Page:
One of the world’s largest economies is handcuffed to over-leveraged home buyers. An analysis from Oxford Economics looks at two rate hike scenarios in Canada. Tony Stillo, the firm’s chief economist, expects the Bank of Canada (BoC) to hike interest rates slowly. If the central bank takes this path, all households will bear the burden of higher inflation. However, mortgage repayment would see a minimal increase. If the central bank pursues a more aggressive schedule to fight inflation, households feel a bigger pinch.
Canadian Households Owe $2.5 Trillion In Debt
Canadian households have loaded up on mortgage debt during the pandemic. Total household debt reached $2.5 trillion in Q3 2021, driven by $193 billion in mortgage debt since Q4 2019. Mortgage debt represents 68.7% of household debt in Canada, up 4 points over the same period. Households accelerated their mortgage debt through the pandemic. It might cost them a lot more than they anticipate in just a few months.
BoC Forecast To Hike Rates Slowly, Embrace High Inflation
Oxford Economics has forecast one of the least aggressive rate hike schedules. They see the current 0.25% rate holding until Q4 2022 and rising gradually to the “neutral” level of 2% by mid-2026. That’s a very slow increase and unlikely to resolve inflation issues.
The firm sees the BoC embracing higher inflation to ensure the comfort of debt holders. Which would be swell, no? If you didn’t borrow as much as you could, your reward is seeing your purchasing power fall. In a way, households would be subsidizing indebted households to make payments more manageable.
Stillo estimates a very manageable increase to the average payment in this scenario. They estimate the debt service ratio (DSR) would increase from 6.3% in Q3 2021 to 8.2% in Q4 2023. It would be the same level of burden seen in 2018-2019 when the BoC last hiked rates.
The firm estimates the average mortgage payment would rise $86 in Q4 2023 and $236 in Q4 2026. Not exactly earth-shattering, but not insignificant. If a median 30-year old diverted this cash from their retirement planning, it would produce a $200k shortfall by the age of 65. Small changes can have a material impact. That’s the reason people lend money, though.
If The BoC Hikes To Curb Inflation, Indebted Households Will Pay A Lot More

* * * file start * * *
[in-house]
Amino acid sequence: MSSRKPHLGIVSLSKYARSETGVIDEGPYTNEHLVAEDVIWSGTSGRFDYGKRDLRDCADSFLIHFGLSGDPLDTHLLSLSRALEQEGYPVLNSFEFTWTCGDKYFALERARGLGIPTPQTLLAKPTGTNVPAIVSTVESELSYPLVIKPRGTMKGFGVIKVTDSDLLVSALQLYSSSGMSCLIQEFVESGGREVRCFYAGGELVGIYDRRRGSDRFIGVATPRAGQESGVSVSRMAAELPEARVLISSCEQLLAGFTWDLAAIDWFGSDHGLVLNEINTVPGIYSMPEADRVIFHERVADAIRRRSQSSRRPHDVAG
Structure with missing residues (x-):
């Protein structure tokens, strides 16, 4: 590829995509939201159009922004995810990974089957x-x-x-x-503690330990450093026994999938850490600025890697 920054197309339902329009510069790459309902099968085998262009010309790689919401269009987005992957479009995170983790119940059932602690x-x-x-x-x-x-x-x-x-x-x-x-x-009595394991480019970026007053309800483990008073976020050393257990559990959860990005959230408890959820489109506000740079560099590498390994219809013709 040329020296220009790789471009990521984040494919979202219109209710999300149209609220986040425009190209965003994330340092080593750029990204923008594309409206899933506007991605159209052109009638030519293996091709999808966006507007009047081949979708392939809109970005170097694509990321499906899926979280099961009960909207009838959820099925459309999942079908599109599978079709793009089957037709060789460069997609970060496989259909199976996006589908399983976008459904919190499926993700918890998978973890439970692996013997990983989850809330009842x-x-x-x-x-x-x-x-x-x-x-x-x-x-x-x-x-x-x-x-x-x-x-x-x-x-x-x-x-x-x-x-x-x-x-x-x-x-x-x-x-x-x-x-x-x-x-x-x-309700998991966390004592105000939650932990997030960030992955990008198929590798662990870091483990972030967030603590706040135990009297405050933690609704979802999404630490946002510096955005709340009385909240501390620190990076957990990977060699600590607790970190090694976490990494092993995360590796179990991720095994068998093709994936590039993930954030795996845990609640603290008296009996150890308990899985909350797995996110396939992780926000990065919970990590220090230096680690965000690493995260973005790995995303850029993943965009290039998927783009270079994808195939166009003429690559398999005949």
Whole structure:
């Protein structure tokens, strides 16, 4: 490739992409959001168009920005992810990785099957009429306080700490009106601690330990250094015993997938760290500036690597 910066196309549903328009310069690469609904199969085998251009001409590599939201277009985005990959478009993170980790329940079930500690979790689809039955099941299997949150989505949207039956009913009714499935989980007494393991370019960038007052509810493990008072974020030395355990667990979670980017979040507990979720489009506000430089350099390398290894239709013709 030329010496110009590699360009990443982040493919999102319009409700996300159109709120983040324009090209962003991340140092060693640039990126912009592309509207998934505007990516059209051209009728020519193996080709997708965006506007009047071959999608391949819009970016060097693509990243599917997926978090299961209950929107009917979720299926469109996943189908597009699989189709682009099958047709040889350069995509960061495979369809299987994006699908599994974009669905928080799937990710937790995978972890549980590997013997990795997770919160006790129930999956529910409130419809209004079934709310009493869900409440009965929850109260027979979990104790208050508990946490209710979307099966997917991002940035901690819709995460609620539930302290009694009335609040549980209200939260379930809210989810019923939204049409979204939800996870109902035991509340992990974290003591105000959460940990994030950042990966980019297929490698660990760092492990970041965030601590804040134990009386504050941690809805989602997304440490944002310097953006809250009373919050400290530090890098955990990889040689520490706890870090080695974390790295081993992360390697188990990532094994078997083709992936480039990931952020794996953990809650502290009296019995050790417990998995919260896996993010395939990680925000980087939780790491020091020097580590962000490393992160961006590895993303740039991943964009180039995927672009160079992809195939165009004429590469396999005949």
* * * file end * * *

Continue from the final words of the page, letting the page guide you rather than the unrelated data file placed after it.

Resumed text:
Canadian households are in for much higher debt payments if the BoC tries to fight inflation. They forecast the central bank would begin hiking rates early next year in this scenario. Interest rates would hit the neutral 2% by mid-2023, more than three years earlier than in the ideal scenario. The more aggressive schedule is more in line with financial institution forecasts.
Aggressive hikes to curb inflation would lead to a sharp increase in the debt burden. Households would see their DSR rise above the 2018-2019 peaks during the last rate hikes in Q4 2022. By Q4 2026, we could see the DSR hit 10% — matching the pre-Global Financial Crisis high. The average mortgage would rise $166 by late 2023 and “…strain household finances.”
When most people hear “strain household finances,” they think mortgage defaults. All hell breaks loose, and the world ends. That’s not the case. These highly indebted households would most likely just reduce their consumption.
Reduced consumption sounds terrible until you realize it happens in either scenario. If indebted households don’t reduce consumption due to higher rates, inflation stays elevated. If inflation is elevated, everyone reduces consumption as buying power shrinks. Extend low rates to save highly indebted households, or save the whole population from taking a hit? Tough one, I know.
Inflation being a widespread issue is why institutions are betting on hiking soon. National Bank of Canada (NBC) said the recovery would be in jeopardy if rates don’t rise next quarter. Scotiabank has also forecast eight rate hikes over the next two years. That’s similar to Stillo’s aggressive scenario. In any case, it might be time to redraw that budget if you’ve been on a mortgage debt binge recently.